1995 – The year the internet entered public consciousness, the DVD was launched and Toy Story, the first full length animated feature film, was released. It was the year Nick Leeson was arrested for the downfall of Barings Bank, the year of the Oklahoma City bombing and the end of the Bosnian war. John Major was in power and the youngest Generation Ys were yet to start school. It was also the year ORC International held its first Employee Engagement Conference. Except in those days ‘engagement’ wasn’t the buzz word it is now and we referred to it as our Employee Research Conference.
Evolution of Engagement
It is strange to think of a time before employee engagement, for it has become such a fundamental part of human resource management and leadership. But in the 1990s we were still largely talking about employee satisfaction and commitment. In researching for this article I looked through our archives to source the slide decks from some of the early employee research conferences and I found that employee engagement didn’t hit the agenda until 2003.
Employee engagement evolved from a need to derive meaning and consequence from employee behaviour at a time when job satisfaction and organisational commitment weren’t holding up to the scrutiny. Whereas engagement draws on elements of its predecessors, it goes further and looks at the ways in which employees are motivated, inspired and enabled to improve business results. As such, numerous case studies demonstrating the links between employee engagement and performance pepper the HR literature and present a solid case for organisations investing in a robust engagement strategy. Indeed these days it is hard to find an organisation that doesn’t measure their employee engagement levels.
While doing my research I also found a picture of our deputy MD delivering a presentation at the first conference, using an overhead projector and acetates. Now that really dates things and shows how far removed technology in 1995 was from what it is now. PowerPoint was just gaining popularity. There was no video conferencing. Remote working was much less common and logistically difficult, and sharing information globally and regionally was challenging. We take technology so much for granted these days, but are our workplaces really better off now? Technology may make our lives easier in some respects and breaks down the geographical barriers, but it has also impacted our stress levels and compromised our wellbeing. Switching off at the end of the work day is much harder now. Getting out for a lunch break is rare treat. Technology has fundamentally changed the way we work but are we any more engaged as a result?
What Does the Data Say?
I’ve been looking back at the results of the employee surveys we’ve undertaken over the past twenty years, and technology has certainly enabled us to develop more sophisticated measurement and analysis of employee data. Broadly, employee perceptions have improved over this time. But there are some areas in which people did feel better off in 1995.
Pay and benefits were perceived to be better 20 years ago, as less people now feel that their pay is reasonable compared to similar jobs in other companies – down 3% in 2015 on 1995 – and satisfaction with the total benefits package is down 6%. The feeling that pay and benefits adequately reflects performance is down 3% compared to 2009.
There are also further negatives to be seen in feeling motivated to do the best work possible, learning and opportunities for development. The past ten years have also seen a drop in how realistic work deadlines are perceived to be (-3%). The biggest negative overall is found in having enough staff to get the job done (-11%).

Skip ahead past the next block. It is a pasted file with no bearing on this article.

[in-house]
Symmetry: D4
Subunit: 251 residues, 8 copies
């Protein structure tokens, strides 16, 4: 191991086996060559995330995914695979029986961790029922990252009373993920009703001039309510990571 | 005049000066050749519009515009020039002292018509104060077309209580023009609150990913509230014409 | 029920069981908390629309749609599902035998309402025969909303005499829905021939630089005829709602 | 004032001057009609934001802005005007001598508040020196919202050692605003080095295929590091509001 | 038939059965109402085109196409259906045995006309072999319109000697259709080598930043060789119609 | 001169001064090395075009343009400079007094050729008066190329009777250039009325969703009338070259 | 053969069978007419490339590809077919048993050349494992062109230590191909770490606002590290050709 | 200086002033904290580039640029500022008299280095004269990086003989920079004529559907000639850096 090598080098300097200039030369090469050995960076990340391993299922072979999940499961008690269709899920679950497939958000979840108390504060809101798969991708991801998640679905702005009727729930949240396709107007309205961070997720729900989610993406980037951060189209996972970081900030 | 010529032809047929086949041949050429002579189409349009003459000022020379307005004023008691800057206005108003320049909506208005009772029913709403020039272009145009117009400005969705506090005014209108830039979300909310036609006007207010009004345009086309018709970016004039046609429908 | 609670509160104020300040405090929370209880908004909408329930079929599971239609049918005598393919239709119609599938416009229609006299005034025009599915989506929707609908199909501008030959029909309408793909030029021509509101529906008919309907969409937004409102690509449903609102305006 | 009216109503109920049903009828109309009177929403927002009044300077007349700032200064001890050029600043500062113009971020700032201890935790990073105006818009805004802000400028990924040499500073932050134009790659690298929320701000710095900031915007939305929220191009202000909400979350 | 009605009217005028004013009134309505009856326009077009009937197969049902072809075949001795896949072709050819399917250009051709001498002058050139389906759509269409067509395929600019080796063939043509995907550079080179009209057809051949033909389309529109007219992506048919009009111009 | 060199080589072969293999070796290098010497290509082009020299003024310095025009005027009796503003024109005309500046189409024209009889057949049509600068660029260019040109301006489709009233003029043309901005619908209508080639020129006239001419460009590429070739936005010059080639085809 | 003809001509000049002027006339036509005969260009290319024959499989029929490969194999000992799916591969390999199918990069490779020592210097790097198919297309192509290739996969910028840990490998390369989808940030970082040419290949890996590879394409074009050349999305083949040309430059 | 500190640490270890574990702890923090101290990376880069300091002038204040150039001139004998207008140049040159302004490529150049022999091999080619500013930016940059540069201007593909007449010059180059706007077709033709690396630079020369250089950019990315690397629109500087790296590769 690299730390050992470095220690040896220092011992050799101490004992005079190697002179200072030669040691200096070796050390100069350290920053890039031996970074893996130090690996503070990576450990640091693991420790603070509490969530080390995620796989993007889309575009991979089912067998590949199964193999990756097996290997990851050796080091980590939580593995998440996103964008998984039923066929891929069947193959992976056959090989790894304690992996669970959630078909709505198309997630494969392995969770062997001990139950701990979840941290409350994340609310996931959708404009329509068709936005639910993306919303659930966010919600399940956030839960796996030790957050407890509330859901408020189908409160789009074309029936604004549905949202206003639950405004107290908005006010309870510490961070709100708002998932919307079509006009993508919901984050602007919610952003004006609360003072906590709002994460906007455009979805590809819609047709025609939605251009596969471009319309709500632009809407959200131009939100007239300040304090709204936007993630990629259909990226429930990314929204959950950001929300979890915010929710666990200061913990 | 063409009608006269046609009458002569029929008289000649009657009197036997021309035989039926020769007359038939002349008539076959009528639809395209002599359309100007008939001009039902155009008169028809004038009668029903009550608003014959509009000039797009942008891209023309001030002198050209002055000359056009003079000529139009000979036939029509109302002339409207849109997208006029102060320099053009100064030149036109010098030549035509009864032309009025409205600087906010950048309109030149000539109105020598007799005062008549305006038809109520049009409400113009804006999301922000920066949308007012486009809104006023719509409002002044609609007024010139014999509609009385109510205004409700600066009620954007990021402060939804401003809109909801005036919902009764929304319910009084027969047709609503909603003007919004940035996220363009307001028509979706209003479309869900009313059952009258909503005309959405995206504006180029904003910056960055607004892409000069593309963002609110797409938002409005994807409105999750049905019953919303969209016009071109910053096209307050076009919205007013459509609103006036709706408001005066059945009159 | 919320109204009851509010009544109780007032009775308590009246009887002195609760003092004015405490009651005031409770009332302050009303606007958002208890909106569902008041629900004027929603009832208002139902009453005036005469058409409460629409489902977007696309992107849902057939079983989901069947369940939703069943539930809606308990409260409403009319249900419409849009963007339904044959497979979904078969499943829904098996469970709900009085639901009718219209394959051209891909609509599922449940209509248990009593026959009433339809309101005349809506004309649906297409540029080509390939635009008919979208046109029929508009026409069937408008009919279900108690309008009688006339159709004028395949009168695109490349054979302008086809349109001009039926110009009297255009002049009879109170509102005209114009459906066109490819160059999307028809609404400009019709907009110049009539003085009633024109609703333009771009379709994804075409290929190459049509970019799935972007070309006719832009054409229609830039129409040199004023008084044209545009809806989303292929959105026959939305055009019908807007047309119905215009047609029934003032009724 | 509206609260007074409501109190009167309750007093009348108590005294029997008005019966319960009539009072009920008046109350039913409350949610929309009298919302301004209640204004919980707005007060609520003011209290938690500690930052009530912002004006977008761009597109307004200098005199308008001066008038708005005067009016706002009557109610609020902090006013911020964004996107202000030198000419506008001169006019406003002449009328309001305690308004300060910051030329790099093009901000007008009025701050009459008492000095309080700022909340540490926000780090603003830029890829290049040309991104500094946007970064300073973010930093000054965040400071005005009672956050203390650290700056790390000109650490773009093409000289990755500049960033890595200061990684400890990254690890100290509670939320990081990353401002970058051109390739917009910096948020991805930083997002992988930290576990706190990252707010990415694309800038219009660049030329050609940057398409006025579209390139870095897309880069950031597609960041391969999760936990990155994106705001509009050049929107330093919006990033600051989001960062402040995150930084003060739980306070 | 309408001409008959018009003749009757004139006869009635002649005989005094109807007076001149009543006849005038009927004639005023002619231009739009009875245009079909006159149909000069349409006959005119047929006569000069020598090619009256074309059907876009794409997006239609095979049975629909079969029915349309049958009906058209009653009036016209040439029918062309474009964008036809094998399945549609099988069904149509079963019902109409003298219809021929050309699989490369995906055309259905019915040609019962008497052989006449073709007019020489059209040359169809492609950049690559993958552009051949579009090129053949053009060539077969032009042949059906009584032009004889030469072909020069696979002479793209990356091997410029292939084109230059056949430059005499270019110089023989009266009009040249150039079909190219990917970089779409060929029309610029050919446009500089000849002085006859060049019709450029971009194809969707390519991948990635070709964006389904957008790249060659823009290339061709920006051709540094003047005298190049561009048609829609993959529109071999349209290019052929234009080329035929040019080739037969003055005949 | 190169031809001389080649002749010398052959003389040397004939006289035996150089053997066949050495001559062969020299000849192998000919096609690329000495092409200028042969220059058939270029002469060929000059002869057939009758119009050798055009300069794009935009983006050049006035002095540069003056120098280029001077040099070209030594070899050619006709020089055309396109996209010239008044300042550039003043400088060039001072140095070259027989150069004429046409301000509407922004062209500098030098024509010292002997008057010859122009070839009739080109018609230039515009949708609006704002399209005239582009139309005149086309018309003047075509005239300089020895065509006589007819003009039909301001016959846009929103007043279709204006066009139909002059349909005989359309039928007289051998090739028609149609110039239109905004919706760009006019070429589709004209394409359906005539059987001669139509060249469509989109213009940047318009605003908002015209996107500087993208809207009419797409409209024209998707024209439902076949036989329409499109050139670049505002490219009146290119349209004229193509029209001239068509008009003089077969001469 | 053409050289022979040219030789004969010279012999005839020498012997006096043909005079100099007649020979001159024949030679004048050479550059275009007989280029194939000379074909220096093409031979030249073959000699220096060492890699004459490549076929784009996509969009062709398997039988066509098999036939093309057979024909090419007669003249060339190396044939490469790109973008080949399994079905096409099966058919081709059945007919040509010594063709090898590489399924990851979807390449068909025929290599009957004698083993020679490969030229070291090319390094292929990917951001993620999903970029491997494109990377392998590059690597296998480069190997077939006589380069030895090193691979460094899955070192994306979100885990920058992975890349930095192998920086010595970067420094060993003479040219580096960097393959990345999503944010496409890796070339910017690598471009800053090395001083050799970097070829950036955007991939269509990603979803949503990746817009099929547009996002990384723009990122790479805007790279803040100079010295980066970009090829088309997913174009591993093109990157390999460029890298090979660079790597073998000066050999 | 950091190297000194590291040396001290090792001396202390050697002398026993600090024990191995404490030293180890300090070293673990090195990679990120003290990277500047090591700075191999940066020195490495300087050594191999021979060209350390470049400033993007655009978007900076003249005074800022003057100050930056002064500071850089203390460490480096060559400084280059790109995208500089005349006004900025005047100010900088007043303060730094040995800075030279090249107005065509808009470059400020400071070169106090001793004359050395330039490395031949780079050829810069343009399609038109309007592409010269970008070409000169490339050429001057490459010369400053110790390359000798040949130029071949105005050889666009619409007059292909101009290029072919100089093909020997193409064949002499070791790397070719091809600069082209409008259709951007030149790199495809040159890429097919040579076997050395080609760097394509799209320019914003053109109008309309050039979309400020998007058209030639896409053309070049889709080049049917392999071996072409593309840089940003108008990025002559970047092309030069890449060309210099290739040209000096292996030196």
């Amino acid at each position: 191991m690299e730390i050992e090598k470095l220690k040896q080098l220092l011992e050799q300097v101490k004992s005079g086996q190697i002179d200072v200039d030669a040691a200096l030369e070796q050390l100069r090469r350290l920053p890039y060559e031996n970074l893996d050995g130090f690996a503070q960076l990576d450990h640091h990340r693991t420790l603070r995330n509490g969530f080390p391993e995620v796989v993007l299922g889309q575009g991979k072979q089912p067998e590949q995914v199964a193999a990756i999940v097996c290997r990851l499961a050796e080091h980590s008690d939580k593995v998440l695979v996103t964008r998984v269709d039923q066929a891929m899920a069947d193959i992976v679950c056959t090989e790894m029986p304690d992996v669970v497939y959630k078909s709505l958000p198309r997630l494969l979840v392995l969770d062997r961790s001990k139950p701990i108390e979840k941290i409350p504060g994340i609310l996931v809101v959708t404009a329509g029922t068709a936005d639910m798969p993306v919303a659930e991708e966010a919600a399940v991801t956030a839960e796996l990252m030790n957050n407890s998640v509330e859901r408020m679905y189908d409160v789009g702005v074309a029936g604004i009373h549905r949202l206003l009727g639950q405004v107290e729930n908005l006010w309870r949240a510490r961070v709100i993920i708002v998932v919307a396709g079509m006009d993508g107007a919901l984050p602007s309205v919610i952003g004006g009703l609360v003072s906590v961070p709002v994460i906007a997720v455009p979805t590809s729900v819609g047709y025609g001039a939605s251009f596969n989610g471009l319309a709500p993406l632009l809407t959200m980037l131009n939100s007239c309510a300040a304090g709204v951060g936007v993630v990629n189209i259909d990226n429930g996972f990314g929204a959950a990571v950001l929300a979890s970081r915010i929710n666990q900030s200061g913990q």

However, this isn’t stopping people feeling appreciated. In fact, satisfaction with companies/organisations is up 16% compared to 1995. Feeling valued in the organisation is also up 16% on 2002.
So people aren’t as happy with their pay or their progress, and they’re feeling a bit overstretched, but they are generally happier in their jobs. How does that work?
It would seem that communication and leadership has a big part to play in this, as that’s where we see the biggest positive changes. Confidence that feelings/thoughts are communicated upwards by management has increased by 23% in 2015 compared to 1995. The same increase can be seen between 2008 and 2015 for line managers being open to ideas and suggestions for change.
It’s with some modest hope that employee engagement programs have impacted these results greatly. After all, they emphasise the importance of the employee voice. They also encourage and pursue those honest and continuous conversations that are always needed to develop and innovate, and provide consistency in times of great change.
Twenty years is a long time. The world is a hugely different place now and the way that we work has evolved beyond belief. It’s hard to imagine that the next twenty years will see such great developments in the way that we work, from technology to physical locations – with 4.2 million people working from home in the UK last year – to how leadership has had to evolve to reach everyone. But it often feels like we are on the brink of something new. Perhaps it’s holacracy and a change to the traditional hierarchy.
As we head to our 20th Employee Engagement Conference on 18 June – no longer using acetates and overhead projectors – it’s good to reflect on the journey we have been through with organisations as we develop employee engagement. I wonder what it will be called next. Whatever the next 20 years may bring, one thing is certain, communication will always be key to keeping people engaged.
Author: Lindsey Armstrong, Associate Director, ORC International